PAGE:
He is hopeful that later this year he will publish his first book since 1994's "The Last Roundup,'' which he wrote with Ken Babbs. He has almost completed "Cut the M***********s Loose,'' a book that is part prose and part paintings and sketches that he began during a six-month jail sentence for marijuana possession in the late '60s.

"One of the reasons it didn't get published before is that word in the title, because I was adamant that that would be the title,'' he said. "Now I think it would be a lot more interesting when you don't see the word.''

Kesey is also engrossed with producing videos from his celebrated psychedelic bus tour across America that took place following the publication of "Sometimes a Great Notion.'' Two videos have been made from 16-millimeter film shot during the tour that Kesey uncovered not long ago, and a third video is in the works. They are being sold through the Internet at the Web site

"I guess you could say I'm gathering all my eggs together and putting them out for the kids to find,'' said Kesey, who has been married to biblical scholar Faye Kesey for almost 40 years. They are parents of three children, Zane, Shannon and Sunshine. A fourth child, Jed, died tragically 20 years ago when the University of Oregon wrestling team van he was in went over a cliff traveling to an event in Washington.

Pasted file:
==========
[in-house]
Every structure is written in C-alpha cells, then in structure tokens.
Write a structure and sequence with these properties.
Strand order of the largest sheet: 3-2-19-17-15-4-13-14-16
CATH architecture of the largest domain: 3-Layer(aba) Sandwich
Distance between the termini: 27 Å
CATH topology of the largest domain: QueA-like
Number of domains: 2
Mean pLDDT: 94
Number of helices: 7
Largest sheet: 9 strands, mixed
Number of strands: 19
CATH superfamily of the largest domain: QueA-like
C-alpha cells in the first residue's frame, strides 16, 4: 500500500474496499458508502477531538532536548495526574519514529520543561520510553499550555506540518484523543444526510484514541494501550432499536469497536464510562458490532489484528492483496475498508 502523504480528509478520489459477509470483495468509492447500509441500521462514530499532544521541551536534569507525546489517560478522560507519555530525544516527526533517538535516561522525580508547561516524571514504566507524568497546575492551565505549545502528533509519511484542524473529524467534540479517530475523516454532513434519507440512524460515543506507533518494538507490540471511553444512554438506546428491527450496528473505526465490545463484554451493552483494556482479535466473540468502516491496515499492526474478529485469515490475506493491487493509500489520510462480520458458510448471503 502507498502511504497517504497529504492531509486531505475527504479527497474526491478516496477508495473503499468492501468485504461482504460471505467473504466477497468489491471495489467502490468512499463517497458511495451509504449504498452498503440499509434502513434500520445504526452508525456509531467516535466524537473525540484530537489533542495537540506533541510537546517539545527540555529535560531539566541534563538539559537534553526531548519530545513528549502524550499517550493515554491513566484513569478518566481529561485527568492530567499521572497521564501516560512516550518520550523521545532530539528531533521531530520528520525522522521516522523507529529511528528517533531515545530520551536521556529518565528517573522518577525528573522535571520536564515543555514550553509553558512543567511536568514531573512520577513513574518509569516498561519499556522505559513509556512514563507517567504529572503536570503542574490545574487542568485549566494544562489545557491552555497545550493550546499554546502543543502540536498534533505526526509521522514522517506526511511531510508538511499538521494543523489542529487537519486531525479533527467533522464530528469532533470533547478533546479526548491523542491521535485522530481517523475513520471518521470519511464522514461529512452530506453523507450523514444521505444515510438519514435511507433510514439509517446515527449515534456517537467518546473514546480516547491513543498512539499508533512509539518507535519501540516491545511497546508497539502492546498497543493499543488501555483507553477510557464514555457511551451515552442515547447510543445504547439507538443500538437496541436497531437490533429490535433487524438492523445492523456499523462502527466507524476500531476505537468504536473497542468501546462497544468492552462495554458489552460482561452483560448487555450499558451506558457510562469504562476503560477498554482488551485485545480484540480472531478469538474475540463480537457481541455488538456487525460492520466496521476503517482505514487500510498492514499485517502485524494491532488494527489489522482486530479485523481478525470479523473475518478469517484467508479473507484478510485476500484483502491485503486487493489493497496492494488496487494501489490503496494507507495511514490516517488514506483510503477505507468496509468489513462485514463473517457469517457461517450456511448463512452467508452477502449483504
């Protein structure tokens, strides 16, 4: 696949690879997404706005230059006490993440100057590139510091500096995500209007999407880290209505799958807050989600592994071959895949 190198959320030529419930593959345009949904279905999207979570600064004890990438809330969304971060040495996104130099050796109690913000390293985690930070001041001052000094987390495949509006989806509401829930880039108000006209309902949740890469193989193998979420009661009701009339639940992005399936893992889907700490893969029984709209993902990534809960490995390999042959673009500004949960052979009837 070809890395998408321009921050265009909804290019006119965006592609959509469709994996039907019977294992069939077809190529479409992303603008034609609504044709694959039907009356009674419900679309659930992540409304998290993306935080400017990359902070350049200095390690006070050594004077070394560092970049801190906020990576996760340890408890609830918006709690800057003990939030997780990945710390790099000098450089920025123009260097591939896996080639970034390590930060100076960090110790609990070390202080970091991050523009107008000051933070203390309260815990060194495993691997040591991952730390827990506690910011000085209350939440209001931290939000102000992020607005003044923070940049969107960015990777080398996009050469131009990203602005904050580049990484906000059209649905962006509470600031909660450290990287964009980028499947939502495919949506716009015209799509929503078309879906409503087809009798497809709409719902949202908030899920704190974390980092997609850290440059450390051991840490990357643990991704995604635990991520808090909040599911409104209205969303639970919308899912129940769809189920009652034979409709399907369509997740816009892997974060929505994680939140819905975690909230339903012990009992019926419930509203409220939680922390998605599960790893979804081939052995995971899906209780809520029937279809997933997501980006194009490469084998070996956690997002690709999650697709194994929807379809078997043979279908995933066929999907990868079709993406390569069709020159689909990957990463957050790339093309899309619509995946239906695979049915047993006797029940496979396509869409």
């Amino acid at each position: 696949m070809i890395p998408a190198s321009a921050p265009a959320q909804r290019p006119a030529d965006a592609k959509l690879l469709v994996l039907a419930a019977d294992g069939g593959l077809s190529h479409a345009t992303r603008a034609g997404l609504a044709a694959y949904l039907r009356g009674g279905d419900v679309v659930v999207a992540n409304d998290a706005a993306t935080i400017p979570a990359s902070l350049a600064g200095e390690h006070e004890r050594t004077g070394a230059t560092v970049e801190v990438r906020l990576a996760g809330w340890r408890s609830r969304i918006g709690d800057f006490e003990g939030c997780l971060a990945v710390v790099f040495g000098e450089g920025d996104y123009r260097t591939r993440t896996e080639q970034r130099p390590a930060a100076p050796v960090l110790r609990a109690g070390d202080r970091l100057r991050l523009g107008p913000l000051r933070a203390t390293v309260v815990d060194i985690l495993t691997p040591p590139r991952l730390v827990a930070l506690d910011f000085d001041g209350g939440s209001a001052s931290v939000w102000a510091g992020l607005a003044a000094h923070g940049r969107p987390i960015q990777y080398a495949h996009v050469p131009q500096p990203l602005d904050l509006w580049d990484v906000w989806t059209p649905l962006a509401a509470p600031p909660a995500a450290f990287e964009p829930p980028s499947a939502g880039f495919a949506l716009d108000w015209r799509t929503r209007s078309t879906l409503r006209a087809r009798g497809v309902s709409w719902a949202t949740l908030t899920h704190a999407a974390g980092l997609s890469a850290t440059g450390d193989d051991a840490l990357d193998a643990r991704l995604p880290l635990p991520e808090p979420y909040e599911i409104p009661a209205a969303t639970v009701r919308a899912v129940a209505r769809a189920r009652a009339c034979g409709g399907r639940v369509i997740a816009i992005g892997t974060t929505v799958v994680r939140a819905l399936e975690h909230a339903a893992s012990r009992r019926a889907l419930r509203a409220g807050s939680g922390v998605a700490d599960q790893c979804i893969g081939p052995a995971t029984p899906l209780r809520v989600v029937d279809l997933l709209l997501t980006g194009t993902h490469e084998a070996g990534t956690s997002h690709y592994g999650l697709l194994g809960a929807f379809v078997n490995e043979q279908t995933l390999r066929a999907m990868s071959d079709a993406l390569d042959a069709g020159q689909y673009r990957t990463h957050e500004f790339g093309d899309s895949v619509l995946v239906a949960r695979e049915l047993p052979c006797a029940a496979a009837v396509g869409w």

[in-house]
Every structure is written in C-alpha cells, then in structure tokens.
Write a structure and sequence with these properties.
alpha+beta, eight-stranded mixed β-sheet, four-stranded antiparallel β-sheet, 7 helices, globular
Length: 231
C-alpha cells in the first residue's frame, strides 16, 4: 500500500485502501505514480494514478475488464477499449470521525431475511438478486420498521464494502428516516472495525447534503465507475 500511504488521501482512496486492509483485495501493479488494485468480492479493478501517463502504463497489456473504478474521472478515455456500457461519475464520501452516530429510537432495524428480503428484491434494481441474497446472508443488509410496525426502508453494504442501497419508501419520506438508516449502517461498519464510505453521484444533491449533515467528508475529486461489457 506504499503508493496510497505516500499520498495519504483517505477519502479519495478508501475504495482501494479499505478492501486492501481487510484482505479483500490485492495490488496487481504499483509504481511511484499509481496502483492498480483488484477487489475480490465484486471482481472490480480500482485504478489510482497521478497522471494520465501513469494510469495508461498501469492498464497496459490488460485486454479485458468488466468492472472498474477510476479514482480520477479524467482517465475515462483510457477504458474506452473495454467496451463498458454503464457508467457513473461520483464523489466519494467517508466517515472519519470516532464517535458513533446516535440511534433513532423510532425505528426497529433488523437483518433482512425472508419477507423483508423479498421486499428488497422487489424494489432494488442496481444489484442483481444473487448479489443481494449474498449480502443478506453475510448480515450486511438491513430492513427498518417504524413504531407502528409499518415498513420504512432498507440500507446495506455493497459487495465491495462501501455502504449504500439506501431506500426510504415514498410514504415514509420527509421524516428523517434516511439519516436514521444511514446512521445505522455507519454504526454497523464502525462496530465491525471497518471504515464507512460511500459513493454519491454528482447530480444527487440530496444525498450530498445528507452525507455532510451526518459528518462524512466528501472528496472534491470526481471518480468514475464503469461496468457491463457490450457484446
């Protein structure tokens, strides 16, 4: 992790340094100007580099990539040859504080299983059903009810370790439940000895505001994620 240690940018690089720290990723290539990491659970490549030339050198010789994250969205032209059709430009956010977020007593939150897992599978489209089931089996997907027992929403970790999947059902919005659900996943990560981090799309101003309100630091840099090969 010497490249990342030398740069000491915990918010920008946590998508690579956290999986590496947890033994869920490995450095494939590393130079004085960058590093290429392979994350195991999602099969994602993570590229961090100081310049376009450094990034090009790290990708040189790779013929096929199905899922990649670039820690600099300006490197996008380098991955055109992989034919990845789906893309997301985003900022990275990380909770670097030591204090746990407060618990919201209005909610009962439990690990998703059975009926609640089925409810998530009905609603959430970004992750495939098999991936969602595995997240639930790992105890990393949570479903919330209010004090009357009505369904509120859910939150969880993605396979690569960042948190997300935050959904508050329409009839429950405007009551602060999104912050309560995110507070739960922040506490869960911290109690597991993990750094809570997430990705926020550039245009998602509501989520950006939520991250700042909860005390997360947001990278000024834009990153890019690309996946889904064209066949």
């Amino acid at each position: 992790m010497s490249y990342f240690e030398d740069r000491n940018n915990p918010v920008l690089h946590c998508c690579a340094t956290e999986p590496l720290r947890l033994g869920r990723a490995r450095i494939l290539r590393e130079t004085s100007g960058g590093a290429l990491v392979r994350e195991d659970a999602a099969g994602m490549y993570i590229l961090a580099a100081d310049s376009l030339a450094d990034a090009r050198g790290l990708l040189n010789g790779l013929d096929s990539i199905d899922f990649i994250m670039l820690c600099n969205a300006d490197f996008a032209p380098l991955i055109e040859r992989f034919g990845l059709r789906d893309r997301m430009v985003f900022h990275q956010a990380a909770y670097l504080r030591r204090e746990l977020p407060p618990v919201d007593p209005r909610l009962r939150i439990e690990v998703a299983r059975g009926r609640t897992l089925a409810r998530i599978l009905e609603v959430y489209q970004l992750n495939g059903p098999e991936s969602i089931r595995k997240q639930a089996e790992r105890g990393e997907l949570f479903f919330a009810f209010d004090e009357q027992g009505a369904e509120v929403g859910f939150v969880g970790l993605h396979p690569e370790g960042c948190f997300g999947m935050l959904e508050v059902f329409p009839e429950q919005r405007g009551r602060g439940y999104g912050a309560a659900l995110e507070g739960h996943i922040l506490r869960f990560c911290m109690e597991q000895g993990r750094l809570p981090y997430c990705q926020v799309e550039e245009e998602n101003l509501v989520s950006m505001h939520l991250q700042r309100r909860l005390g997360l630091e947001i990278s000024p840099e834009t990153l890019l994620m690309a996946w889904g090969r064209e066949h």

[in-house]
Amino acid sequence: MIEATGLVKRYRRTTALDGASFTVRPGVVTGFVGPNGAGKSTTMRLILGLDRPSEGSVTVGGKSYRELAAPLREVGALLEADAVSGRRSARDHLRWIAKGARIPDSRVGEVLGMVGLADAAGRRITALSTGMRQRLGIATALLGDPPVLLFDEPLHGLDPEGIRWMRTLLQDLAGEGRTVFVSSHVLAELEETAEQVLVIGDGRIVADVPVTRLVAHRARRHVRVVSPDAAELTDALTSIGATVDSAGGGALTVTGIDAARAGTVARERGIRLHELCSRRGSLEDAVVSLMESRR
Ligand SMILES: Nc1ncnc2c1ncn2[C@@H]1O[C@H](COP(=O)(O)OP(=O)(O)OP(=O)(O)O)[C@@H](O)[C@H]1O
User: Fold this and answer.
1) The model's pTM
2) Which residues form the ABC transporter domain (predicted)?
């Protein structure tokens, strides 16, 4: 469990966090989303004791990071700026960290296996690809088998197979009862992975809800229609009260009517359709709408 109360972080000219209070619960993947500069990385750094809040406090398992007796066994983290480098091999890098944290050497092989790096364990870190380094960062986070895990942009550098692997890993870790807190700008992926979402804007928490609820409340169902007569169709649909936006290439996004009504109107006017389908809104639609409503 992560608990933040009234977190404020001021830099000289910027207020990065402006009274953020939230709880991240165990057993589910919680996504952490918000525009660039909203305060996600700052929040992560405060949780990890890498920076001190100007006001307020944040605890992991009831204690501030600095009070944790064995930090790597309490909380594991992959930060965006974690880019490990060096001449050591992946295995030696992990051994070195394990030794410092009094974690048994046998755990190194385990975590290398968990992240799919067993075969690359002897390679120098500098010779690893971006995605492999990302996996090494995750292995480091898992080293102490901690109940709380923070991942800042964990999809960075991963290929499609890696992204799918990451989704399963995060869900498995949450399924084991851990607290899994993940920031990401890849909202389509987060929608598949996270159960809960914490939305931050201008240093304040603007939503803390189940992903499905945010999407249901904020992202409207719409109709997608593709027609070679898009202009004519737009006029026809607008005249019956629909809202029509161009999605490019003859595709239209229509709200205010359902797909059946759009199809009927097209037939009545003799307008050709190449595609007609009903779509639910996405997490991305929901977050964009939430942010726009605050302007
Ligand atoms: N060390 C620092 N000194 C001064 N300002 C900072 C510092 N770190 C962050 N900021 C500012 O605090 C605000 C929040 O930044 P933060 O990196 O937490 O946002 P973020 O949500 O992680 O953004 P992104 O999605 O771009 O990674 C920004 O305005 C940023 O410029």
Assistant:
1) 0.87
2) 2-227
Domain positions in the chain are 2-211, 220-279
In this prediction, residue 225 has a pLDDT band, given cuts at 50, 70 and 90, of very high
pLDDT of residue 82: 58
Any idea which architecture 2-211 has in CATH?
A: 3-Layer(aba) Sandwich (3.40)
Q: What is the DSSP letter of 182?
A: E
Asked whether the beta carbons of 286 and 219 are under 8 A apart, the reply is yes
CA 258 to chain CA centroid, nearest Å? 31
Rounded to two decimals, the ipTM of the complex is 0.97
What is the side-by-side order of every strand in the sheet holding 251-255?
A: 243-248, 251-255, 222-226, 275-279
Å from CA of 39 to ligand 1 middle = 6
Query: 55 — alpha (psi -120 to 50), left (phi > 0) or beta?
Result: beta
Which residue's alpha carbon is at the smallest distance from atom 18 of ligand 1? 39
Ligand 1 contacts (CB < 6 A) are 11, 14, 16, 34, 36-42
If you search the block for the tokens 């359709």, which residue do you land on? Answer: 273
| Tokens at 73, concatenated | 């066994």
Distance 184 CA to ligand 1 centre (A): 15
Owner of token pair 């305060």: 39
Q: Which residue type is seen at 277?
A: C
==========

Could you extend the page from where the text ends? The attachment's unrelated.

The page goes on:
"I've felt like I've had a lot of loose ends for a long time, and finally I'm beginning to gather them up,'' he added. "I don't know that I've got all the loose ends tied just yet. In fact, I know I don't, because I'm still gathering them.''

Ken Kesey will speak at 8 p.m. Tuesday at Page Hall, 135 Western Ave. at the University at Albany's downtown campus. For information, call the New York State Writers Institute at 442-5620.

Copyright 2001, Capital Newspapers Division of The Hearst Corporation, Albany, N.Y. The information you receive online from Times Union is protected by the copyright laws of the United States. The copyright laws prohibit any copying, redistributing, retransmitting, or repurposing of any copyright-protected material.

Ken Kesey